Governor Arnold Schwarzenegger of California called yesterday, Monday 7th April, for stronger privacy of medical records after an investigation at the University of California Los Angeles (UCLA) Medical Center revealed unauthorized breaches of dozens of medical records, including those of his wife, first lady Maria Shriver, and 32 celebrities and politicians.
Governor Schwarzenegger told the Los Angeles Times that there has been a long history of unauthorized access to the couple’s medical records. He said he had been a victim of unauthorized “snooping” following hip, heart and shoulder operations.
The Governor told the Times that every time he left the operating room he was told that people were going through his file. They “had white coats on”, he said, and they had snuck into the hospital, “They had nothing to do with the hospital staff at all,” he told the paper.
Schwarzenegger pointed out it was not just the UCLA Medical Center, “This kind of thing has been happening all over the state, wherever there are celebrities involved”.
The Governor’s administration will be pushing for California’s hospitals to bring in new safeguards to prevent improper access to medical records, not just those belonging to celebrities.
According to the New York Times, the head of California’s health department said yesterday the agency was planning to sanction the UCLA Medical Center after an investigation revealed that hospital workers had snooped into the medical records of more than 60 patients.
The violations first came to light last May when the National Enquirer published an article about the health of the actress Farrah Fawcett, informing its readers that her cancer had returned. This news was broken before Fawcett had even told her family, reported the New York Times.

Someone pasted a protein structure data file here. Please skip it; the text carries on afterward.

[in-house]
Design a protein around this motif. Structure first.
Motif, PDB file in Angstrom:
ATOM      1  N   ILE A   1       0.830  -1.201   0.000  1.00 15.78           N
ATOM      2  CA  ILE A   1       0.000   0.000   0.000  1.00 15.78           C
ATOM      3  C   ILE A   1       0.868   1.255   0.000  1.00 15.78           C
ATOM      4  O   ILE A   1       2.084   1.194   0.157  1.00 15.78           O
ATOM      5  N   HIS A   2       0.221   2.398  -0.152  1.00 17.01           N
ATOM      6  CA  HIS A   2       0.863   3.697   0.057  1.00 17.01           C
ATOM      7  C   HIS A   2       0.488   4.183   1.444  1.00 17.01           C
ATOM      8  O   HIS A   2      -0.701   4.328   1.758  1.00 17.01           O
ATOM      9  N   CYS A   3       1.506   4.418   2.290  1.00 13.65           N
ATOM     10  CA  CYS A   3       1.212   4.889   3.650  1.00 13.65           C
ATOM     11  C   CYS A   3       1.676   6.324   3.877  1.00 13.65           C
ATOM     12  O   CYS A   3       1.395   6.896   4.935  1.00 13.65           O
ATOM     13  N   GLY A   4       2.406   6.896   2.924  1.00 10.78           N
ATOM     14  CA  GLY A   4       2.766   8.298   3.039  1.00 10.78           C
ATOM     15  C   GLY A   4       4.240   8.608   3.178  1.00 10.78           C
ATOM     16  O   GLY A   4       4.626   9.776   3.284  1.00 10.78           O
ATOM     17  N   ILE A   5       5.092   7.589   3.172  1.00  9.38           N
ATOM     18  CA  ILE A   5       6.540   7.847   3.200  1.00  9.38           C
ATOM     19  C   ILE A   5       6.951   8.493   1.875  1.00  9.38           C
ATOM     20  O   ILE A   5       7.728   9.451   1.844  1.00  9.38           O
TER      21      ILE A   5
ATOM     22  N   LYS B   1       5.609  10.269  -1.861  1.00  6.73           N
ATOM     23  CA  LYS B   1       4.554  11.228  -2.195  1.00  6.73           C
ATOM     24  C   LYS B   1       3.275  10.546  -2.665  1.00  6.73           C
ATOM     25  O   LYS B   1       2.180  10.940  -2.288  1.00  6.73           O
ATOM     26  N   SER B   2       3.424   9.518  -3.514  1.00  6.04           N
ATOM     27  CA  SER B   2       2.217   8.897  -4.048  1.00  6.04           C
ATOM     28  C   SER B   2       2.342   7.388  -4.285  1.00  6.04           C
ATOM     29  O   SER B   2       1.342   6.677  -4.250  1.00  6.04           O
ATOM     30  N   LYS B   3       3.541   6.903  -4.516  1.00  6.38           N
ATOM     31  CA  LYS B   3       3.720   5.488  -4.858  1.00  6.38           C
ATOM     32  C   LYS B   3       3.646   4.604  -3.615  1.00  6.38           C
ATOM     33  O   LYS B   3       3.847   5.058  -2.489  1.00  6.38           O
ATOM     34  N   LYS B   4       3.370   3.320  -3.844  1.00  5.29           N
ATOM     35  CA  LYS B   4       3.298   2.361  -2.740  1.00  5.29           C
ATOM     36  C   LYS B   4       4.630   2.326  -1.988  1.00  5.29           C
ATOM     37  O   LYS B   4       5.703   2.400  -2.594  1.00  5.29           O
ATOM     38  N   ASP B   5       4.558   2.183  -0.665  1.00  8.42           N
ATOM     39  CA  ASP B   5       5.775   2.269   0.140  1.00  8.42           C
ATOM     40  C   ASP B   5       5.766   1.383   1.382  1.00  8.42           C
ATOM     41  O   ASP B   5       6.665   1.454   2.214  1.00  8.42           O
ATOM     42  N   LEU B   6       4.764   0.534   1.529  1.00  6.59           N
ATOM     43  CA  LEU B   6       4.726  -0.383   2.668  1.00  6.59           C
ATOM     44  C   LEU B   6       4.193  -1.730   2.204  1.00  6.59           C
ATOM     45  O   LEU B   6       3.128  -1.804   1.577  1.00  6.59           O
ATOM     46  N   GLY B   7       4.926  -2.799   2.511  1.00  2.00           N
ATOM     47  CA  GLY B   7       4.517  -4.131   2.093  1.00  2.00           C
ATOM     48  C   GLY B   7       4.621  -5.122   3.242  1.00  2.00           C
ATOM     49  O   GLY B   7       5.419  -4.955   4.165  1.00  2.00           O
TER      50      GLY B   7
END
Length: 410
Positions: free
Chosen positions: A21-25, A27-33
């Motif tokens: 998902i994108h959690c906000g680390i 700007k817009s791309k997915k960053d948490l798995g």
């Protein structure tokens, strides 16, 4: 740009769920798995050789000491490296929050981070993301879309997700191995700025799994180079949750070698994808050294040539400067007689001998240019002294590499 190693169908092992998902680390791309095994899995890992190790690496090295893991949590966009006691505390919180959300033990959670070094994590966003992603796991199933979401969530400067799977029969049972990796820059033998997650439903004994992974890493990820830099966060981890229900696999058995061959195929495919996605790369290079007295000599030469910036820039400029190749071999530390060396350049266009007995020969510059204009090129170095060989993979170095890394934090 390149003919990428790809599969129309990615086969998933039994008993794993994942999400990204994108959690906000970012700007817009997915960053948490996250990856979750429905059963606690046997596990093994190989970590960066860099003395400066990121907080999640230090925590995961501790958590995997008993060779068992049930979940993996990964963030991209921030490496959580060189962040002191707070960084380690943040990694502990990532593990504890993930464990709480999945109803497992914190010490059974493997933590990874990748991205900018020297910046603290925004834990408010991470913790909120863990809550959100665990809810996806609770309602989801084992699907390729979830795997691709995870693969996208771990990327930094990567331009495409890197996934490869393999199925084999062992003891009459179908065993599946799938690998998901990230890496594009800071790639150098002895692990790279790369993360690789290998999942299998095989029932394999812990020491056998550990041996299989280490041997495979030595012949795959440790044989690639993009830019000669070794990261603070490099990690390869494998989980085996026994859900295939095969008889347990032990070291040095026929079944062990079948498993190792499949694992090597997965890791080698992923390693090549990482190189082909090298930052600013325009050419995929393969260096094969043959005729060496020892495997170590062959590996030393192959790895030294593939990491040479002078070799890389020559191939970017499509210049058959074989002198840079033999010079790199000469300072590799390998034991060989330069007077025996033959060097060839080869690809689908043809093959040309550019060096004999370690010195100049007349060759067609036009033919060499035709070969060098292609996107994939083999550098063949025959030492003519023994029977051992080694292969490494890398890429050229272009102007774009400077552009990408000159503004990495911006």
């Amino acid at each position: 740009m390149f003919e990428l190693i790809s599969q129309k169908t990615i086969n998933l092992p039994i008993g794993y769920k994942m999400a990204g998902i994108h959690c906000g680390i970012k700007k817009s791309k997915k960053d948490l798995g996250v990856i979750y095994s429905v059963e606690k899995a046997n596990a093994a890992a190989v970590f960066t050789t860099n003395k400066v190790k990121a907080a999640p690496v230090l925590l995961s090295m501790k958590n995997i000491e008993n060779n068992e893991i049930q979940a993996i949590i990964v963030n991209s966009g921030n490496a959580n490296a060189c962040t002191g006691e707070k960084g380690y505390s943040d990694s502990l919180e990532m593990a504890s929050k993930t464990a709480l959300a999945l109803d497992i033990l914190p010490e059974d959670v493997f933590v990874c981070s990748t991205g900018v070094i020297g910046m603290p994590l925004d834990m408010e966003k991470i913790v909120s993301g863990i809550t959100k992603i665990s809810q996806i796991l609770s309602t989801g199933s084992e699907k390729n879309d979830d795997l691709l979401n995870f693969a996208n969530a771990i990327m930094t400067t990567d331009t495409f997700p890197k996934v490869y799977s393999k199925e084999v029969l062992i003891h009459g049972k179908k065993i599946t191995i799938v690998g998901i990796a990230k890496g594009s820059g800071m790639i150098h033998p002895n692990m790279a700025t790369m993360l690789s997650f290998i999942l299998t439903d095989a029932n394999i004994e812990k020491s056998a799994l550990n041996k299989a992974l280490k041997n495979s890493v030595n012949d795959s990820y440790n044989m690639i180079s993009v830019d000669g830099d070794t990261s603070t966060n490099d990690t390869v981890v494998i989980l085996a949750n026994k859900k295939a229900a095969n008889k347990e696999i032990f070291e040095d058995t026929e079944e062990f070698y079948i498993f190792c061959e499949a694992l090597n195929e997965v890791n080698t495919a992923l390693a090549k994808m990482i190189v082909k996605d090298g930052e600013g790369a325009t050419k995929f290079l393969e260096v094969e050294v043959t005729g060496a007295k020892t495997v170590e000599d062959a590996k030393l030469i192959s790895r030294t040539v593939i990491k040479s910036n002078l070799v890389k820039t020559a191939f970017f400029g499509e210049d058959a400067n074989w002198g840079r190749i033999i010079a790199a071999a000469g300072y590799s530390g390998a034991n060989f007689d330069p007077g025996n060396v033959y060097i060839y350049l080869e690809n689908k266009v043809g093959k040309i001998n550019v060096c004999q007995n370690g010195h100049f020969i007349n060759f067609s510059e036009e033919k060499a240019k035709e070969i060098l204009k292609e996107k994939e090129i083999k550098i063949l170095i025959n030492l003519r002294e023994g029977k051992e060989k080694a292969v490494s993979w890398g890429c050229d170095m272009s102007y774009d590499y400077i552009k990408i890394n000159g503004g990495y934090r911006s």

The hospital launched an investigation after Fawcett’s lawyers told them they believed that information from her medical records had been given to the press.
A spokesperson for the hospital told the New York Times they found evidence that one worker, who had since left, had improperly accessed the records of 61 patients, about half of them celebrities and politicians. There was already an intention to fire the employee, but she resigned. There was no evidence however that the employee had given information to third parties. The investigation looked at her emails and phone records.
Dr David Feinberg, chief executive of the UCLA Hospital System, apologized for the violations and referred to the former worker as a “rogue” employee, reported the Associated Press.
Earlier this year, several UCLA employees were fired or suspended after an internal audit showed a patient’s medical records had been violated. While the spokesperson did not say whose records they were, the New York Times suggested they might belong to Britney Spears, who had been admitted to the hospital’s neuropsychiatry unit a few months ago.
The California Health and Human Services Agency has now begun its own investigation. The agency has the power to fine the hospital, remove its licence, and refer its findings to law enforcement agencies.
According to the Associated Press, the agency’s secretary, Kim Belshe said on Sunday that they were “very concerned about what appears to be a pattern of repeated violations”.
Belshe said the state will be taking action against the hospital.
In a statement released on Sunday, the UCLA Health System said that they did not inform the Department of Public Health or the affected patients at the time they discovered the breach because it was “consistent with state law and based on the findings of our investigation”.
The organization explained that like all medical institutions in the US, they are working hard to strengthen information systems to protect patient privacy while at the same time making sure this doesn’t hamper authorized personnel getting hold of patient data quickly, for example when emergencies strike.
The UCLA Health System said it had stringent policies on patient confidentiality and all employees, faculty members, contractors, volunteers and other workers were required to sign confidentiality agreements and undergo extensive training.
Sources: Los Angeles Times, New York Times, Associated Press, UCLA Health System.
Written by: Catharine Paddock, PhD